Novell chief lashes Forrester report

Announcing the launch of a "cut-down, small-business version of NetWare" within 30 days, Novell's new CEO has attacked an independent report suggesting that Novell is "no longer a strategic network vendor".

The report by US IT analyst Forrester Research was condemned as "garbage" by Joe Marengi, who has taken over as the man in charge following the departure of Bob Frankenberg.

"[It was] basically our own fault," Marengi said. "We have not made information available to people, and it's hurting us. But it is simply nonsense; I can give you a point by point rebuttal of that report, and pick out the BS from it, and we've already sat the report writer down and explained what's really going on."

What's going on is apparently a lot of product development, little of which has been leaked to the world of industry observers. The increasing success of Windows NT in the corporate market has provoked more than just Forrester to speculate that the network operating system market pendulum is swinging away from the market leader. But Marengi says all the figures show this not to be true. He says Novell is indeed "at the crossroads" and has to "get its passion back".

It's easy to see why Marengi feels mis-judged by the market; even while reporting that NetWare was "a legacy technology", Forrester researcher Jon Oltsik recommended corporates stay with NetWare, because "ripping it out would cost a mint and deliver no return".

It's also hard to argue with Marengi's analysis of where the problem arose. "Our problem is that the market has become hyper-competitive; but the company hasn't responded. Some of this has to be Frankenberg's doing; usually a company will reflect its leader's focus, and while Bob was a very nice guy, he was relatively passive. We needed open, aggressive marketing."

Particularly vexing, he says, is the fact that industry analysts can berate Novell for failing to do things that are already under way, or actually established.

"For example, the Forrester report condemns us for failing to produce native TCP/IP and cross-platform support; and in fact, we're one of the largest providers of TCP/IP, and one of the few people able to link IPX to IP networks, while Macintosh users can run over NetWare. But in fact, I blame Novell; I recently called a PC Week writer back with some response to a question, and he expressed amazement that someone from the corporation would return a call at all, never mind provide answers. People are writing about NetWare from a position of lack of knowledge, and that lack of knowledge is our fault for not being open with these people."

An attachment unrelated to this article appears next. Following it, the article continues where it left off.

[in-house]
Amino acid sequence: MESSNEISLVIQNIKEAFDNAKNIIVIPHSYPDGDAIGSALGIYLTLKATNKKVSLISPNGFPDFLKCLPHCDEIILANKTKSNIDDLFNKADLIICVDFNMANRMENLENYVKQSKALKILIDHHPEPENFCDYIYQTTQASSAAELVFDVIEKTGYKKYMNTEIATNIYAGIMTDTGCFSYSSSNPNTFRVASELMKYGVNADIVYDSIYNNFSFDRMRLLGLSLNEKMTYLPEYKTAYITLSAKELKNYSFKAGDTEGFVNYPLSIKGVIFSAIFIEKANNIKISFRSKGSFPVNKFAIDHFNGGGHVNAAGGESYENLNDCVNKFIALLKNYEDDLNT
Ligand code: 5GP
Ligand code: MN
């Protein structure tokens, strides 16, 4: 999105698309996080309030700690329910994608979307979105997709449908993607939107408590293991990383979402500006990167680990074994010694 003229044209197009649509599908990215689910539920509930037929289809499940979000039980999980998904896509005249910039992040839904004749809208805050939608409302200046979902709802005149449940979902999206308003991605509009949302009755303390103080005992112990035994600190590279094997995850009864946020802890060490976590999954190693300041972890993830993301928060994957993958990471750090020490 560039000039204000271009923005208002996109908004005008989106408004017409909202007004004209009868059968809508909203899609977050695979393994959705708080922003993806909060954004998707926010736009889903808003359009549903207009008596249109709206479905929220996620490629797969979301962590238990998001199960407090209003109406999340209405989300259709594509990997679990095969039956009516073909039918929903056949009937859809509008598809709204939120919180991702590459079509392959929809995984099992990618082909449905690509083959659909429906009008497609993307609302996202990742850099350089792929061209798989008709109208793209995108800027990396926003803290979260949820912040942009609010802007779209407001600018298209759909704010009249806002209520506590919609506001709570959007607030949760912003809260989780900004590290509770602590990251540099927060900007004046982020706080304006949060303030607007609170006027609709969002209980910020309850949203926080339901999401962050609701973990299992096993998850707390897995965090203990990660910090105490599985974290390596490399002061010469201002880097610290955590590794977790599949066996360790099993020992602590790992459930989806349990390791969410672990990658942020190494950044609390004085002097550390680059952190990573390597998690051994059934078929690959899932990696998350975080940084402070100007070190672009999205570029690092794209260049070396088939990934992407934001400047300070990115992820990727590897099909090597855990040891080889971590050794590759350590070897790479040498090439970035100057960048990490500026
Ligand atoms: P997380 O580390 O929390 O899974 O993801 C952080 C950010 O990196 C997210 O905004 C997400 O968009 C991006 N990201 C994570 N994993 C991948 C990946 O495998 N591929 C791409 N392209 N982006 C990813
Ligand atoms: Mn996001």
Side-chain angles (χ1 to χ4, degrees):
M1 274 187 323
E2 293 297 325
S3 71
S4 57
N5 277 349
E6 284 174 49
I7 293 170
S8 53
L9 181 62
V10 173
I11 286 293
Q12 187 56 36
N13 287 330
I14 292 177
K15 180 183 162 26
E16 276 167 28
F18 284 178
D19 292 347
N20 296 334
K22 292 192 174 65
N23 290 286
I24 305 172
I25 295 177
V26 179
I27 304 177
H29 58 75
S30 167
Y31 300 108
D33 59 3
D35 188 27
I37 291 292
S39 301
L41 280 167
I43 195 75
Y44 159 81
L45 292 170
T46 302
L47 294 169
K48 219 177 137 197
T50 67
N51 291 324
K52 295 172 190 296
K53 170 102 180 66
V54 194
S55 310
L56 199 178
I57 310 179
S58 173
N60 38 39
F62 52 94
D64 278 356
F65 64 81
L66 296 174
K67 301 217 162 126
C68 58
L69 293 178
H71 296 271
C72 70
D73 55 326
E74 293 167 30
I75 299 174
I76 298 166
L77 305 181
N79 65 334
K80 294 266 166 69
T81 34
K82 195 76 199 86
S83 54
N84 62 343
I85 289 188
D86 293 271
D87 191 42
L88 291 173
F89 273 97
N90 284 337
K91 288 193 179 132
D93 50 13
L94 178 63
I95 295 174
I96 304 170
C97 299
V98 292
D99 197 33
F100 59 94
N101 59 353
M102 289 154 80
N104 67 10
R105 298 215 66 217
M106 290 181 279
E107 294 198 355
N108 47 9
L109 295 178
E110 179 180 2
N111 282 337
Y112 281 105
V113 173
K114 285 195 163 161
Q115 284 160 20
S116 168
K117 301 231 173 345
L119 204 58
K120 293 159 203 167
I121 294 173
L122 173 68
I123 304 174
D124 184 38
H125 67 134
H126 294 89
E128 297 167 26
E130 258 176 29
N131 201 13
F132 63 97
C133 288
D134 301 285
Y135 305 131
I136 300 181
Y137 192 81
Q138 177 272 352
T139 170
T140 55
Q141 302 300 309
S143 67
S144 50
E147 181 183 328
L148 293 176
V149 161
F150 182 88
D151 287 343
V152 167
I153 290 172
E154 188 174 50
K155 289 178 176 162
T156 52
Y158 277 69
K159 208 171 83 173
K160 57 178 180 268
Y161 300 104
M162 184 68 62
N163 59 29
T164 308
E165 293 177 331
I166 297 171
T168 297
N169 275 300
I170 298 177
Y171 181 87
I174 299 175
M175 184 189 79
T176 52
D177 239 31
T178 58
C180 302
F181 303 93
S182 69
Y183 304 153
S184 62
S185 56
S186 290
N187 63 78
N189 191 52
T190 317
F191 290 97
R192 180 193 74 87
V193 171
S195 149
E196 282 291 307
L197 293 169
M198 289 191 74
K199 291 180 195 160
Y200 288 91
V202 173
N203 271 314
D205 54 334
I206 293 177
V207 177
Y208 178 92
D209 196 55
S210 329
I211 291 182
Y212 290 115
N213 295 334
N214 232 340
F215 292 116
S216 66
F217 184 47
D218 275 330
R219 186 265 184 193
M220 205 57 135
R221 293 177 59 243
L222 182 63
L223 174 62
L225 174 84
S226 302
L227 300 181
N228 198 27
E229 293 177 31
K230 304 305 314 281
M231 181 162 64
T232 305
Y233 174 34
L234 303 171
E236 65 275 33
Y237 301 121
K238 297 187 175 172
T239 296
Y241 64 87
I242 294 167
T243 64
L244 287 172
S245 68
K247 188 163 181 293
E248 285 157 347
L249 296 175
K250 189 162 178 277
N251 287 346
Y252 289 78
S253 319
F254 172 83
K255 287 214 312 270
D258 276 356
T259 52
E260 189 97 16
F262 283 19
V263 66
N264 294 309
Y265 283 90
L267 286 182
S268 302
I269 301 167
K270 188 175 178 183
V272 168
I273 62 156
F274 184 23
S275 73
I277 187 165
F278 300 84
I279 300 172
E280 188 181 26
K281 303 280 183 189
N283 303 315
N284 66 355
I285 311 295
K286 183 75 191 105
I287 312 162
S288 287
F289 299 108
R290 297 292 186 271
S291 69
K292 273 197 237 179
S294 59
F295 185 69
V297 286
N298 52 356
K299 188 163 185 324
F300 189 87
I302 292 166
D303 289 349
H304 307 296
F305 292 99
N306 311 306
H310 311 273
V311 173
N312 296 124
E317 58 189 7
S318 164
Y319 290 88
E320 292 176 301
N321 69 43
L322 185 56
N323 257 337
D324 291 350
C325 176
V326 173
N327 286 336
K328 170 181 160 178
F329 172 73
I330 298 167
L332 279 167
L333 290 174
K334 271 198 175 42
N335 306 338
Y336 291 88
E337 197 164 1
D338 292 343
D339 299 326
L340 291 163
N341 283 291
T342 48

Other criticisms which Marengi focused on included the need to move into intra-net software. "In fact, we're doing this at least two levels; at the primary level, we're producing a small workgroup version, code-named Kayak, within the next 30 days for the smaller organisation. It will include basic Internet and Web server software. But on a larger scale, we see the Web as requiring a genuine NOS, not just some workgroup support -- which is basically all that Windows NT gives you," he said.

Marengi believes that the more senior IT manager will quickly understand the problem once the Novell picture is shown. "Directory services is one of the most important things we need to do on the Internet. It's an open NOS. Security is critical, but it can't be handled the way LAN managers do it today."

Serious players in the network market, he says will want to be able to manage across the Internet. His view is, unsurprisingly, that NetWare is ideally situated to fit this requirement: "We can manage NT with ManageWise; we fit in with OpenView and other HP and IBM standards."

Marengi's scorn is fiercest when presented with the idea that the future is based on Windows NT application servers, like the Boundless PC. "With the Internet, all the different files, NFS, NTFS; all these things will be doing I/O up and down. So NetWare has a major part to play in that. With Java, you move the application logic from the server, up to the network, not the other way; and this is the direction that people are going to want to move in. To move forward, you have to get out of the client-server model."

Embedded NetWare, or NEST, will be downplayed in public pronouncements. But this, he indicates, is not because it is being downplayed inside Novell. It's just that although there are some 80 partners developing NEST devices, there'll be small revenues from this for at least another year.

Finally, look for partnerships and purchases. "We have a billion dollars in cash, and will fill the product line with good products and good small companies coming out of Silicon Valley. And we'll really be beefing up the partnership deals."

What he won't be doing, however, is competing head on with Windows. "That meant nobody wins. We're going to be the Switzerland of networking, and get all these other things to work together; we won't be bashing Microsoft on the head. We aren't trying to stop NT."

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